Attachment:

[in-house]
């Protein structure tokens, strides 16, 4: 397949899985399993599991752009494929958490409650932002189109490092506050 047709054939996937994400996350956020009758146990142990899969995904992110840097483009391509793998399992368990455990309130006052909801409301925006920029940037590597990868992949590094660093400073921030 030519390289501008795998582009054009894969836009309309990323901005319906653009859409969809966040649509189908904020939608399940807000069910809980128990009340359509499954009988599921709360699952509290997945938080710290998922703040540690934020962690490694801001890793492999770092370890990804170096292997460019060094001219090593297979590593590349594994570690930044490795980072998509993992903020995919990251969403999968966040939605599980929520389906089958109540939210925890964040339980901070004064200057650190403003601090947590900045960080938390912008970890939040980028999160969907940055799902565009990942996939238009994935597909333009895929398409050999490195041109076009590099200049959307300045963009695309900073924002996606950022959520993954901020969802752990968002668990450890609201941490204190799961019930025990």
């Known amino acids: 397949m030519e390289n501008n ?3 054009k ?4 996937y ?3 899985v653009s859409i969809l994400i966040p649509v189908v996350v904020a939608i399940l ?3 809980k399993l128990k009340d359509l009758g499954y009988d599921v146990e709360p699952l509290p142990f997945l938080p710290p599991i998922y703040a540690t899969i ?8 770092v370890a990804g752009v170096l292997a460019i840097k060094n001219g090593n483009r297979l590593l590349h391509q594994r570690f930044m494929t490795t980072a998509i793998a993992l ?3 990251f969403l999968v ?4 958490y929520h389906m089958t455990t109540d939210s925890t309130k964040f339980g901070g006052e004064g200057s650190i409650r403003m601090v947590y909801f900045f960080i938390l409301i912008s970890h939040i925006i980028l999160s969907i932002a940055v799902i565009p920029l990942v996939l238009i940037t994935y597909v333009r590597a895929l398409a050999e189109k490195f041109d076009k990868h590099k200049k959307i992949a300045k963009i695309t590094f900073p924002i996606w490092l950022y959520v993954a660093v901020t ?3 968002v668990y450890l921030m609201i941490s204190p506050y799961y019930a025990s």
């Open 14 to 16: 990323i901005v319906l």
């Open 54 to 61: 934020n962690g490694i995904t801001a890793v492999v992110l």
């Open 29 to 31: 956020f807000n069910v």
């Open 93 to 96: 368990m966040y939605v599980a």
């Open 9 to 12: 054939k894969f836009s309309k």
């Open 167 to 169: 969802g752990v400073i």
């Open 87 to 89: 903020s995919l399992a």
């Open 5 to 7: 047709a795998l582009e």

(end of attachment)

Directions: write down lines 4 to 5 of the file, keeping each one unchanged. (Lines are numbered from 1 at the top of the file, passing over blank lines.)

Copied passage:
């Open 14 to 16: 990323i901005v319906l």
């Open 54 to 61: 934020n962690g490694i995904t801001a890793v492999v992110l």